genetic engineering n.

the alteration of the genome of an organism by laboratory techniques, esp. by the insertion, alteration, or removal of a gene

In early quotes: the production of desirable genotypes by selective breeding; the application of eugenics. In SF, the coinage of the term is often credited to Jack Williamson.

SF Encyclopedia

  • [1934 N. W. Timoféëff-Ressovsky in Biol. Review 9 451

    The power of X-rays and radium to induce all known types of heritable variations makes the application of the radiation methods most valuable for analytical genetic studies, for instance…in ‘genetic engineering’ (i.e. in the synthesis of new genotypes and races).]

  • [1949 Science 26 Aug. 208/2

    In the future…genetic and eugenic counseling will become the foundation of human genetic engineering.]

  • 1951 J. Williamson Dragon’s Island xxiii. 180 Jack Williamson bibliography

    I was expecting to find that mutation lab filled with some sort of apparatus for genetic engineering.

  • 1955 P. Anderson Long Way Home in Astounding Science Fiction Apr. 27 page image Poul Anderson bibliography

    We've done things which I believe were unknown in your time: gravity control, genetic engineering, making Mars and Venus and the Jovian moons habitable.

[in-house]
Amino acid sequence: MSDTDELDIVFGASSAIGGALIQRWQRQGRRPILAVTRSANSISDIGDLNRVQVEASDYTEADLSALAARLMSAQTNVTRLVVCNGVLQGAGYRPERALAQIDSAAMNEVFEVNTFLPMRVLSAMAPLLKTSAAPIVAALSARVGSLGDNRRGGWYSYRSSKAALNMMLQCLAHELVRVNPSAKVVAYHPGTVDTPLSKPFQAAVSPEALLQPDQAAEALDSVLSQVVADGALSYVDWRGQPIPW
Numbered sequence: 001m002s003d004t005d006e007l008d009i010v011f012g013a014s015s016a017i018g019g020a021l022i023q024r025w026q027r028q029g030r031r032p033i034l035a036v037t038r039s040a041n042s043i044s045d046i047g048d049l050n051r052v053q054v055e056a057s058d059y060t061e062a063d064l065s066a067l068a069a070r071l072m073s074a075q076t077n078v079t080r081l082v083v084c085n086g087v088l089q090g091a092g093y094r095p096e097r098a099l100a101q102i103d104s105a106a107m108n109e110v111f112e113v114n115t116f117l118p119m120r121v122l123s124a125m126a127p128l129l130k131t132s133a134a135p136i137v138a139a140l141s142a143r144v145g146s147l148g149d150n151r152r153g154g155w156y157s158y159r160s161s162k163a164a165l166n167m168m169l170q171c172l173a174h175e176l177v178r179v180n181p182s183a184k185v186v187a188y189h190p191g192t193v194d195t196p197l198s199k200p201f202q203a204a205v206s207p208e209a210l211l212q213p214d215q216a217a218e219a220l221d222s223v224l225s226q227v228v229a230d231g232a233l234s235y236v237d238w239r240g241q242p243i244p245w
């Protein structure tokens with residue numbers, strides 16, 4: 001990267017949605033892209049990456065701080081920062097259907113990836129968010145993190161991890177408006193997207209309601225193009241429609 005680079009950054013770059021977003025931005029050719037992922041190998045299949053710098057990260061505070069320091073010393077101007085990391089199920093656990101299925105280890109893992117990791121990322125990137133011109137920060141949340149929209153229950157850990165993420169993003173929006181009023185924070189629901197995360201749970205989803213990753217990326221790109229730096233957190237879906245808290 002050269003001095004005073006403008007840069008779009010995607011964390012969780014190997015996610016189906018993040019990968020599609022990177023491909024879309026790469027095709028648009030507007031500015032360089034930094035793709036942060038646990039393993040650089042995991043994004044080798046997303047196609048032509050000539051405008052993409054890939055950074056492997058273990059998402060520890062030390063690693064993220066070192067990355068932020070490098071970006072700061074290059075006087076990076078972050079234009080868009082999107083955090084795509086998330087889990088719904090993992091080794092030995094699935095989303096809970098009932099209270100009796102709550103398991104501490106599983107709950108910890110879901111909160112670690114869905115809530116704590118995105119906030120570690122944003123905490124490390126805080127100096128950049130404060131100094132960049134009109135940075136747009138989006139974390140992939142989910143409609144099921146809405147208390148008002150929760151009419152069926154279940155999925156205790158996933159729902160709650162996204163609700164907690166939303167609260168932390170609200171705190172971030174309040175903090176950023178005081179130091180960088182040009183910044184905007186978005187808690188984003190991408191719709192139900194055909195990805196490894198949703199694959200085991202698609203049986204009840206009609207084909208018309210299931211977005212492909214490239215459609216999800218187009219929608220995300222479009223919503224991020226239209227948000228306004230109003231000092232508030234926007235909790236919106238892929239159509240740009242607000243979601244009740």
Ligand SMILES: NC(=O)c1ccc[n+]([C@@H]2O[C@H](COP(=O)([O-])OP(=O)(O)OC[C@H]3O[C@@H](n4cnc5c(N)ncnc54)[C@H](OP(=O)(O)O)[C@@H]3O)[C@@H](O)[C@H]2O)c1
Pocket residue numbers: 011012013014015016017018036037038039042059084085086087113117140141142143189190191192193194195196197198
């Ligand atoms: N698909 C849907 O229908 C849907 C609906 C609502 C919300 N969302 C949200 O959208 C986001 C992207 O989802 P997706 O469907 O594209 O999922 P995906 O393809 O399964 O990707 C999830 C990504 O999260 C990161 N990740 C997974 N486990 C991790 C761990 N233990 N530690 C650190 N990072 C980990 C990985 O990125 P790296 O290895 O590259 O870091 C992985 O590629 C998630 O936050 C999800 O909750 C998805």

• 1970 I. Asimov Waterclap in Worlds of If Apr. 27 page image Isaac Asimov

    Genetic engineering…has reorganized your bones and muscles.

  • 1984 A. Walker Tomorrow’s World in Practical Computing Feb. 96/1 page image

    Amateur Genetic Engineering had taken off in a big way until the world’s governments had banned the disastrous experiments of the less ethically minded participants. The last straw was the nesting of the elephant-sparrows, and the terror of the red-admiral-piranha still lived in the memories of the survivors.

  • 1990 M. Crichton Jurassic Park (1991) ix. Michael Crichton

    The late twentieth century has witnessed a scientific gold rush of astonishing proportions: the headlong and furious haste to commercialise genetic engineering.

  • 1999 Interzone Jan. 31/3

    I [sc. Jack Williamson] was the first person to use the term ‘genetic engineering’ so far as Webster’s Collegiate Dictionary knows. I sent them tear sheets from Dragon’s Island, and they agreed to date the first use back to '51.

  • 2012 P. Heck On Books in Asimov’s Science Fiction Dec. 107/2 page image

    He uses slightly extrapolated computer science and genetic engineering to build a convincing supporting structure for the story.

Research requirements

antedating 1951

Earliest cite

Jack Williamson, Dragon's Island

Research History
Several reviews of Dragon's Island published in 1951 also credit Williamson with coining the term.

Ben Ostrowsky submitted a 1984 cite from Andrew Walker.

Last modified 2021-10-01 00:57:29
In the compilation of some entries, HDSF has drawn extensively on corresponding entries in OED.